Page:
Love short stories? Ever wanted to write one? You could do no better than to take advice from award-winning short-story artist Art Taylor. Art’s with us today to give us an inside look into his process and journey to publication. But first, a little background:
Art Taylor is the author of the story collection The Boy Detective & The Summer of ’74 and Other Tales of Suspense and of the novel in stories On the Road with Del & Louise, winner of the Agatha Award for Best First Novel. He won the 2019 Edgar Award for Best Short Story for “English 398: Fiction Workshop,” originally published in Ellery Queen’s Mystery Magazine, and he has won three additional Agatha Awards, an Anthony Award, four Macavity Awards, and four Derringer Awards for his short fiction. His work has also appeared in Best American Mystery Stories, and he edited Murder Under the Oaks: Bouchercon Anthology 2015, winner of the Anthony Award for Best Anthology or Collection, and California Schemin’: Bouchercon Anthology 2020. He is an associate professor of English at George Mason University
The Boy Detective & The Summer of ’74 and Other Tales of Suspense features 16 stories that have collectively won an Edgar Award, an Anthony Awards, four Agatha Awards, three Macavity Awards, and three Derringer Awards. From his first story for Ellery Queen’s Mystery Magazine in 1995 to his latest for Alfred Hitchcock’s Mystery Magazine — the title story, 25 years in the making — this collection charts the development of Art Taylor’s career so far, and turns the page toward more stories still ahead.
Connie Berry, BCW: Art, welcome to Buckeye Crime Writers! You’ve won just about every award there is for your short crime fiction. Who are the writers who inspire you, and what first attracted you to this particular genre?
Art Taylor: I’ve been extremely fortunate for all the generosity the mystery community has shown my work — and I’ve felt fortunate too for all the many writers throughout that tradition who’ve guided my own work. Whatever I might know about plotting and pacing, about surprise and suspense, it probably stretches back along some indirect line to my own early favorites: Encyclopedia Brown, Nancy Drew, The Three Investigators. (And I’ve enjoyed re-discovering that last series again now, reading them to our 9-year-old son, Dash). My teenage years were fed by Agatha Christie, Ian Fleming, John D. MacDonald, and a lot of issues of Ellery Queen’s Mystery Magazine, and more recently I find myself coming back again and again to Stanley Ellin and Patricia Highsmith and, just lately, some of Ruth Rendell’s short fiction. And there’s a whole batch of literary authors too who’ve inspired; my wife and I recently watched the Hemingway documentary on PBS, and I was reminded how influential he was on my idea of how short fiction could work.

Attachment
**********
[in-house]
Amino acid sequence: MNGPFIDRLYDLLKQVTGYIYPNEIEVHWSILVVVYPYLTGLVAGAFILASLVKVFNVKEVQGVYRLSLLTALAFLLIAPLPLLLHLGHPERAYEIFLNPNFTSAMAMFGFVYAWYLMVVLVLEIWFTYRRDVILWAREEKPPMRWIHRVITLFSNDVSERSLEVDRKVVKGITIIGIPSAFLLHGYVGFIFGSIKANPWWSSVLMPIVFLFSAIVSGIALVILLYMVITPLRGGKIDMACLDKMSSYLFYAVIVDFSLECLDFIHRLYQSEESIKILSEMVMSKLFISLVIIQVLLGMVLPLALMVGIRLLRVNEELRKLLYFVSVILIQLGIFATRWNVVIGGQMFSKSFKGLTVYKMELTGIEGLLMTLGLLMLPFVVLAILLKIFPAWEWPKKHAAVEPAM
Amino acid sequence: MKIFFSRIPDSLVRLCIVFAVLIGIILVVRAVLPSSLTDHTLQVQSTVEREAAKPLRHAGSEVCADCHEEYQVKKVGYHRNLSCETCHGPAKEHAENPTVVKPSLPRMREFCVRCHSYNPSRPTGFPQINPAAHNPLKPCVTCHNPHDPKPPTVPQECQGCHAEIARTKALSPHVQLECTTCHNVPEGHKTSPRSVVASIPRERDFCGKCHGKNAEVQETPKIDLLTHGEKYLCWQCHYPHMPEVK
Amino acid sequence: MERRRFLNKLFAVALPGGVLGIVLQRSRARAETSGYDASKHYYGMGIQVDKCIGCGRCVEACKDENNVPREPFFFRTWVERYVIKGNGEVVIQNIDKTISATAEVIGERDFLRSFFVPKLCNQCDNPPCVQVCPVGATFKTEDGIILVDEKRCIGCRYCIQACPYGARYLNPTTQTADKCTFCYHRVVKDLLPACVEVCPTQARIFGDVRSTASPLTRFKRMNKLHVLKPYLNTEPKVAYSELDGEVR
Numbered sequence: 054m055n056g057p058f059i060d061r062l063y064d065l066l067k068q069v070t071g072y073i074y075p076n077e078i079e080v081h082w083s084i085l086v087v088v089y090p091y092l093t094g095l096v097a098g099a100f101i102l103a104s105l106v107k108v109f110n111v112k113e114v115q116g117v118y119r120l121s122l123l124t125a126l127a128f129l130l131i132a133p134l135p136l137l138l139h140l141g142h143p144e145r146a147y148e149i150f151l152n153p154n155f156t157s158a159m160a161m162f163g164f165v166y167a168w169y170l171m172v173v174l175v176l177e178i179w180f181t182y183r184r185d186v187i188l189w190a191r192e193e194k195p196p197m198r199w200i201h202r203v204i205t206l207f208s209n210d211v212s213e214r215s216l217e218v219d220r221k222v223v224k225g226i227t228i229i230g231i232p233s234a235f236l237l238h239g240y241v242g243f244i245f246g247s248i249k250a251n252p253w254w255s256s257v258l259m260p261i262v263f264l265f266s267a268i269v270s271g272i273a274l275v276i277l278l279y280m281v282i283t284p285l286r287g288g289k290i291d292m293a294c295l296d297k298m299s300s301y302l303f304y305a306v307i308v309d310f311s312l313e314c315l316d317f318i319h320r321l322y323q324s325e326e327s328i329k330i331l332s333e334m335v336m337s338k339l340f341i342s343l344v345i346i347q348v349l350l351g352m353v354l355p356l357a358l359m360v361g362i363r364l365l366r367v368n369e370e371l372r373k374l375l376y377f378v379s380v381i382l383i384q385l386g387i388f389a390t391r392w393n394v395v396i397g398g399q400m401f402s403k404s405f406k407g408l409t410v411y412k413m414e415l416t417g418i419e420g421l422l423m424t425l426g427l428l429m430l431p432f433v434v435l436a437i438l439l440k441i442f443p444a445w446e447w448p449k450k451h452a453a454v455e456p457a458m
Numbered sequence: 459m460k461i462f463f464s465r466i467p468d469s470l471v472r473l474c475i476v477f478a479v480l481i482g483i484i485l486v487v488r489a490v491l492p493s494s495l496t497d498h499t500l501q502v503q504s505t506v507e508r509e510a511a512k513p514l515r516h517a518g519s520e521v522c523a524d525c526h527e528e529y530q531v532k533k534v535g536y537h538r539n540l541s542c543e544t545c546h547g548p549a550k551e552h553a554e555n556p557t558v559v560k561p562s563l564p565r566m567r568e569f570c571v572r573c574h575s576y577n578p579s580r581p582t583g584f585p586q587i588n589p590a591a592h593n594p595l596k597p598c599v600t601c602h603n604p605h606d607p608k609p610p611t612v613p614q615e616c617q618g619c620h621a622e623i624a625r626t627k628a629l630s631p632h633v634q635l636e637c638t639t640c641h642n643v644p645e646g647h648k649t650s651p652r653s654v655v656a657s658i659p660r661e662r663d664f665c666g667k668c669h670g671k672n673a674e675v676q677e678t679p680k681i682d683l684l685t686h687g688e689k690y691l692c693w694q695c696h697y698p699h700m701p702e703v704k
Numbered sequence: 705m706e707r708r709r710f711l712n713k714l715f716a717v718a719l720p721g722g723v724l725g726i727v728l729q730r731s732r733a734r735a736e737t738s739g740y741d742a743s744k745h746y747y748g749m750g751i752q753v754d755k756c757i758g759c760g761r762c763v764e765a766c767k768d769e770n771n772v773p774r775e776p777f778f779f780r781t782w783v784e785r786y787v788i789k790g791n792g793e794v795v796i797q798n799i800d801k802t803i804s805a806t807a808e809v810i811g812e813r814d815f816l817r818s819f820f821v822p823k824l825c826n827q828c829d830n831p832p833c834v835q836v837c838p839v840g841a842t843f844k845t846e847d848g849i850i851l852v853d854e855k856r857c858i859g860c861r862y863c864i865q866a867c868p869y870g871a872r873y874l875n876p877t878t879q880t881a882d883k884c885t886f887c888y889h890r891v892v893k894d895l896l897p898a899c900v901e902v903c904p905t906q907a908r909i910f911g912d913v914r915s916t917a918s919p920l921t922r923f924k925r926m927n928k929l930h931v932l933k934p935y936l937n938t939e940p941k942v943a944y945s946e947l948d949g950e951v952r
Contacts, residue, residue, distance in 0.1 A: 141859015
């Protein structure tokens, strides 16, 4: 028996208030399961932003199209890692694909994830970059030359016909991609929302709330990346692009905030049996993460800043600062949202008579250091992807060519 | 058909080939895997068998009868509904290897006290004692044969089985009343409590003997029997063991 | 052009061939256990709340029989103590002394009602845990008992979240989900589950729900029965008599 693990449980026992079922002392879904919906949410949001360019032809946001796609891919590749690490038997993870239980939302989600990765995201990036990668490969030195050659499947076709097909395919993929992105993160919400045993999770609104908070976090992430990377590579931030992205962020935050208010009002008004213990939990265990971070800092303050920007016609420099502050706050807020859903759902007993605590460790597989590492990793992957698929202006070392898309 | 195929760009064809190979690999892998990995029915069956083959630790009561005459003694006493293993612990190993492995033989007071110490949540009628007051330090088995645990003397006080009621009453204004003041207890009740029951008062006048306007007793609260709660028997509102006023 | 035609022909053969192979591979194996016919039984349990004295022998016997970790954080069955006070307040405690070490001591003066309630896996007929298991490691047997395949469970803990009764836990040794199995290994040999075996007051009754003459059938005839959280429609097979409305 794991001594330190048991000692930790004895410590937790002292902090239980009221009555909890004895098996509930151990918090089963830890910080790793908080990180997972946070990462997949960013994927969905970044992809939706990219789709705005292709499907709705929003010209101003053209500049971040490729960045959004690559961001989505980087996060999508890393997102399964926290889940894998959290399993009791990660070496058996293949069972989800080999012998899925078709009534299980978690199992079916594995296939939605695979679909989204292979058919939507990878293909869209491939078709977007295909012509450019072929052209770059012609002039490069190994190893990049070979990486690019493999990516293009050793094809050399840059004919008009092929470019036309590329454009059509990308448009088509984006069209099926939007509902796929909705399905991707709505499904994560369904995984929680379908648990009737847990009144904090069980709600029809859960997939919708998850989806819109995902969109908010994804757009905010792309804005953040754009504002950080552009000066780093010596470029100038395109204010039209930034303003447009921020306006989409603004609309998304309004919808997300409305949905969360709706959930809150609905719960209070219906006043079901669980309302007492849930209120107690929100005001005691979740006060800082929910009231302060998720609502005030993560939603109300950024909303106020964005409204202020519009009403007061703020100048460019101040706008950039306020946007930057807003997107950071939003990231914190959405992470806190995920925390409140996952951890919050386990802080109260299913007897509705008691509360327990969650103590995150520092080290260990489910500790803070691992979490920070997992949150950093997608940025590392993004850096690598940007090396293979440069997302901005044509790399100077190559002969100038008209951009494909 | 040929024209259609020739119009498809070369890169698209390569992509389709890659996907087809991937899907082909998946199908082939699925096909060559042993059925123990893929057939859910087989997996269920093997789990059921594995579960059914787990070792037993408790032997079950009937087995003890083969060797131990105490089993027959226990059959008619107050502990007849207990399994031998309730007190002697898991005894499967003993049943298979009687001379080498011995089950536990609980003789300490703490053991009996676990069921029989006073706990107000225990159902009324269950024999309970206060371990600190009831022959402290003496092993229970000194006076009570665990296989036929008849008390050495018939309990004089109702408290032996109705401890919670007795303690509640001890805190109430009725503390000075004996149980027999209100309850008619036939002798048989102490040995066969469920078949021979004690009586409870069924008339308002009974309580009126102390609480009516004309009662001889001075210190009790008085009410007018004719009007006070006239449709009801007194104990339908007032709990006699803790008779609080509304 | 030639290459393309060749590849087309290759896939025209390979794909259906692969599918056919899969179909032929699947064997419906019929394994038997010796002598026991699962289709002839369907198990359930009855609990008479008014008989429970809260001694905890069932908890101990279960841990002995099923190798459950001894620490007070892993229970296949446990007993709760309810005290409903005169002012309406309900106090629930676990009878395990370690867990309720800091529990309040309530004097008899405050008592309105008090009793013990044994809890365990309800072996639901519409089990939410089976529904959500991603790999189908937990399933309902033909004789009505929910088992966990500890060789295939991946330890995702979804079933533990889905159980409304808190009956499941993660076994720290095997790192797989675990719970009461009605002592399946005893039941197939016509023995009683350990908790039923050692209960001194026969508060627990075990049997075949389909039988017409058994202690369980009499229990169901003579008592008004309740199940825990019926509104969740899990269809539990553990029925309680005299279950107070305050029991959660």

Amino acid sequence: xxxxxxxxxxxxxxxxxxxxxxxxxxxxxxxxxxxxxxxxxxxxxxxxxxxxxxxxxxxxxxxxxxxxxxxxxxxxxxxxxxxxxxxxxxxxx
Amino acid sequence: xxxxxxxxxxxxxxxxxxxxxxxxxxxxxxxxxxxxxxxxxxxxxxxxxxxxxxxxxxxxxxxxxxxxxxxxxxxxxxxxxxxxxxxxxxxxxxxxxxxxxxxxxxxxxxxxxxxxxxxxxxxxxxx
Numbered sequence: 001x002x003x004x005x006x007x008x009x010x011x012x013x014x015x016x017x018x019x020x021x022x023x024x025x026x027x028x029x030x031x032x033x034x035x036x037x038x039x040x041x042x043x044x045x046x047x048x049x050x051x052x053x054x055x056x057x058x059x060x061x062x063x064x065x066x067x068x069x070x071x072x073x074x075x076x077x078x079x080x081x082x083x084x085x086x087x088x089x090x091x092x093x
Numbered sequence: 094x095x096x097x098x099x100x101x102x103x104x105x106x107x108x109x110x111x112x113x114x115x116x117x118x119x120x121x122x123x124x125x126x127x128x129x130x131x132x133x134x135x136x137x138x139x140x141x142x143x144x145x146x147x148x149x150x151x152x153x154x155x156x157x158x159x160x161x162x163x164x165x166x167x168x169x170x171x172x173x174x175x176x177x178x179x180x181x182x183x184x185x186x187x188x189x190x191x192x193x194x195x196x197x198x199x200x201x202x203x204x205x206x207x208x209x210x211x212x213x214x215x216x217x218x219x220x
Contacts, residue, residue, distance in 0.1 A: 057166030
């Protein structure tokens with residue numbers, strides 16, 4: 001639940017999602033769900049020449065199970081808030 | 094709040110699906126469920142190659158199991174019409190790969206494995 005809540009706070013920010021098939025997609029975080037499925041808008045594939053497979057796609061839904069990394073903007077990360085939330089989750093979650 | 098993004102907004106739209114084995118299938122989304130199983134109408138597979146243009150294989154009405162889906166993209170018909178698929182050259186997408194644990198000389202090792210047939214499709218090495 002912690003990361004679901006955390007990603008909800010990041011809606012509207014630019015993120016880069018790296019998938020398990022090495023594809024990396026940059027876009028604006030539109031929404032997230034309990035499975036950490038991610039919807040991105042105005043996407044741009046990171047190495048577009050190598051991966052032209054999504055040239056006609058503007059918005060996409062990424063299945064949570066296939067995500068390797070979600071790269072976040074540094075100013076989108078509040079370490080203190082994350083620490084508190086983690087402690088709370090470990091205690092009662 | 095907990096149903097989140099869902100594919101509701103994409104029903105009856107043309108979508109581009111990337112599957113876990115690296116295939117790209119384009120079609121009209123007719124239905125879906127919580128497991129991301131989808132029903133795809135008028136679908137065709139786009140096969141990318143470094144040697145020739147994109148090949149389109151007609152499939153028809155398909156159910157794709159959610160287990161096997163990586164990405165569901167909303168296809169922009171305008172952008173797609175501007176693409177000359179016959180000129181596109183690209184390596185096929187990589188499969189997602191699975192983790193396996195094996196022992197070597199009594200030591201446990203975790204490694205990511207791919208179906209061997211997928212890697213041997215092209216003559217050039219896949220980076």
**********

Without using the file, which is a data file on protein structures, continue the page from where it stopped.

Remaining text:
These are all older writers, I know, and there are others today too who both wow me as a reader and urge me onward from a writer’s perspective as well — year after year new discoveries and delights! — but I hesitate to name any for fear of leaving out too many great writers and great friends.
CB: How would you describe the differences between short fiction and full-length novels? Some people assume writing short fiction is easier than writing longer works. In your experience, is this true?
AT: Ha! Given that I’ve never successfully written a traditionally structured novel myself, it seems like I’d have to say short fiction is easier! But the truth is, I’m not sure that’s the case.
Because of my own reading and love of short stories, my mind just seems to have geared itself somehow toward thinking in the short form, and I do like the idea of being able to keep in my head the various parts of a story I’m working on — something I simply can’t do with a longer narrative. But I’ve heard the opposite too from well-known, prolific novelists who’ve told me they struggle to write short stories — it just doesn’t come naturally to them, not enough space to do what they want to do.
The novel seems to me a work that relies on accumulation — whether more characters or more depth into some characters or more plot lines and more subplots and more… words, obviously.
The short story, by comparison, relies on subtraction, trimming and condensing and compressing — or at least that’s the way I work, usually writing longer drafts and then deciding what really needs to be there for the story.
I recently wrote the essay “The Short Mystery” for the new Mystery Writers of America handbook How to Write a Mystery, and as I emphasized there, short fiction requires a little more concentrated focus, as well as attention to economy and efficiency. Instead of a full portrait of a setting, what’s the detail or two that will bring it alive? Instead of a long conversation, what bits of dialogue are necessary to develop character, push the plot forward, or — ideally — do both at the same time? I personally like all that folding and compressing and distilling.